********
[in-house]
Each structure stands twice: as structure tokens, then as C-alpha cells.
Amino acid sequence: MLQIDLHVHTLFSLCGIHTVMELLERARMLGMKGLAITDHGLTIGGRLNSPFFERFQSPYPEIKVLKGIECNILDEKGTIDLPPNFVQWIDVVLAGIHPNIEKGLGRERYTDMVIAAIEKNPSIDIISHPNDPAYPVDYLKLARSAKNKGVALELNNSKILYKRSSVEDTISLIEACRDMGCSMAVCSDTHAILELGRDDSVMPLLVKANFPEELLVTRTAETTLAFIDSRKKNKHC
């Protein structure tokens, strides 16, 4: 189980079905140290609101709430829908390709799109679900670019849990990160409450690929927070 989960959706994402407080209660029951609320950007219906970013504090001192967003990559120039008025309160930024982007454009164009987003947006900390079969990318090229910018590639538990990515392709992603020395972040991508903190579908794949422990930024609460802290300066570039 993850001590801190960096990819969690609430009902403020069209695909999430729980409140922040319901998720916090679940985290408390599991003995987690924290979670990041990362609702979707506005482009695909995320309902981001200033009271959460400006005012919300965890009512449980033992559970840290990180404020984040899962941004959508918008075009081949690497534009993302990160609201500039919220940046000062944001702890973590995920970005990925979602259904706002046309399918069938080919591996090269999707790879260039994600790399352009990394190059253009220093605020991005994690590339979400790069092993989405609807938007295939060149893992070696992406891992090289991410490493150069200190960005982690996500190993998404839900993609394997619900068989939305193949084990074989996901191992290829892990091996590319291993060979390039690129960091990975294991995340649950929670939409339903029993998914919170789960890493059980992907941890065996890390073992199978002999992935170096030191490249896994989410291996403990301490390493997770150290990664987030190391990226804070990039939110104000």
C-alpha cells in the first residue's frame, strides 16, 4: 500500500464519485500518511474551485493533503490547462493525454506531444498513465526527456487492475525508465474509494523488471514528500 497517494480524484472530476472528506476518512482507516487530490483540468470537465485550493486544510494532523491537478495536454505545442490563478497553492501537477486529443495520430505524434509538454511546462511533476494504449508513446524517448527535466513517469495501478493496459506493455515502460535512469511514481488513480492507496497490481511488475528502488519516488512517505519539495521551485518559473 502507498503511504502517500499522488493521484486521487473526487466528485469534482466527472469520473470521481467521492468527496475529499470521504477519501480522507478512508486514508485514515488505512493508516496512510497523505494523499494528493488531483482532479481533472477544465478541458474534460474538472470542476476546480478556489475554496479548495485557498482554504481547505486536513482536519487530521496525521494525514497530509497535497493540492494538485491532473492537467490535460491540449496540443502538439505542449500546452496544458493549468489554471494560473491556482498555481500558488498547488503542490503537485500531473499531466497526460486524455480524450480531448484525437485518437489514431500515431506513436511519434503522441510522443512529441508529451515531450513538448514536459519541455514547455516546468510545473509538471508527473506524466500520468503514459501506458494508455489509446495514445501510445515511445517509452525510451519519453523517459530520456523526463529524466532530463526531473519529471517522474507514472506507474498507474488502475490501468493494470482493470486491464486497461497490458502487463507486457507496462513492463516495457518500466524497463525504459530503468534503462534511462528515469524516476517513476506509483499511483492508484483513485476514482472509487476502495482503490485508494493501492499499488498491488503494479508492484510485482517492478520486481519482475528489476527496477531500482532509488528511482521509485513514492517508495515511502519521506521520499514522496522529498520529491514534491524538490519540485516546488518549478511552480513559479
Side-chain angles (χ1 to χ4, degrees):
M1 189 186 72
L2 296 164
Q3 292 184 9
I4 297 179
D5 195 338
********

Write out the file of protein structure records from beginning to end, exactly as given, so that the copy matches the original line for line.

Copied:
[in-house]
Each structure stands twice: as structure tokens, then as C-alpha cells.
Amino acid sequence: MLQIDLHVHTLFSLCGIHTVMELLERARMLGMKGLAITDHGLTIGGRLNSPFFERFQSPYPEIKVLKGIECNILDEKGTIDLPPNFVQWIDVVLAGIHPNIEKGLGRERYTDMVIAAIEKNPSIDIISHPNDPAYPVDYLKLARSAKNKGVALELNNSKILYKRSSVEDTISLIEACRDMGCSMAVCSDTHAILELGRDDSVMPLLVKANFPEELLVTRTAETTLAFIDSRKKNKHC
């Protein structure tokens, strides 16, 4: 189980079905140290609101709430829908390709799109679900670019849990990160409450690929927070 989960959706994402407080209660029951609320950007219906970013504090001192967003990559120039008025309160930024982007454009164009987003947006900390079969990318090229910018590639538990990515392709992603020395972040991508903190579908794949422990930024609460802290300066570039 993850001590801190960096990819969690609430009902403020069209695909999430729980409140922040319901998720916090679940985290408390599991003995987690924290979670990041990362609702979707506005482009695909995320309902981001200033009271959460400006005012919300965890009512449980033992559970840290990180404020984040899962941004959508918008075009081949690497534009993302990160609201500039919220940046000062944001702890973590995920970005990925979602259904706002046309399918069938080919591996090269999707790879260039994600790399352009990394190059253009220093605020991005994690590339979400790069092993989405609807938007295939060149893992070696992406891992090289991410490493150069200190960005982690996500190993998404839900993609394997619900068989939305193949084990074989996901191992290829892990091996590319291993060979390039690129960091990975294991995340649950929670939409339903029993998914919170789960890493059980992907941890065996890390073992199978002999992935170096030191490249896994989410291996403990301490390493997770150290990664987030190391990226804070990039939110104000």
C-alpha cells in the first residue's frame, strides 16, 4: 500500500464519485500518511474551485493533503490547462493525454506531444498513465526527456487492475525508465474509494523488471514528500 497517494480524484472530476472528506476518512482507516487530490483540468470537465485550493486544510494532523491537478495536454505545442490563478497553492501537477486529443495520430505524434509538454511546462511533476494504449508513446524517448527535466513517469495501478493496459506493455515502460535512469511514481488513480492507496497490481511488475528502488519516488512517505519539495521551485518559473 502507498503511504502517500499522488493521484486521487473526487466528485469534482466527472469520473470521481467521492468527496475529499470521504477519501480522507478512508486514508485514515488505512493508516496512510497523505494523499494528493488531483482532479481533472477544465478541458474534460474538472470542476476546480478556489475554496479548495485557498482554504481547505486536513482536519487530521496525521494525514497530509497535497493540492494538485491532473492537467490535460491540449496540443502538439505542449500546452496544458493549468489554471494560473491556482498555481500558488498547488503542490503537485500531473499531466497526460486524455480524450480531448484525437485518437489514431500515431506513436511519434503522441510522443512529441508529451515531450513538448514536459519541455514547455516546468510545473509538471508527473506524466500520468503514459501506458494508455489509446495514445501510445515511445517509452525510451519519453523517459530520456523526463529524466532530463526531473519529471517522474507514472506507474498507474488502475490501468493494470482493470486491464486497461497490458502487463507486457507496462513492463516495457518500466524497463525504459530503468534503462534511462528515469524516476517513476506509483499511483492508484483513485476514482472509487476502495482503490485508494493501492499499488498491488503494479508492484510485482517492478520486481519482475528489476527496477531500482532509488528511482521509485513514492517508495515511502519521506521520499514522496522529498520529491514534491524538490519540485516546488518549478511552480513559479
Side-chain angles (χ1 to χ4, degrees):
M1 189 186 72
L2 296 164
Q3 292 184 9
I4 297 179
D5 195 338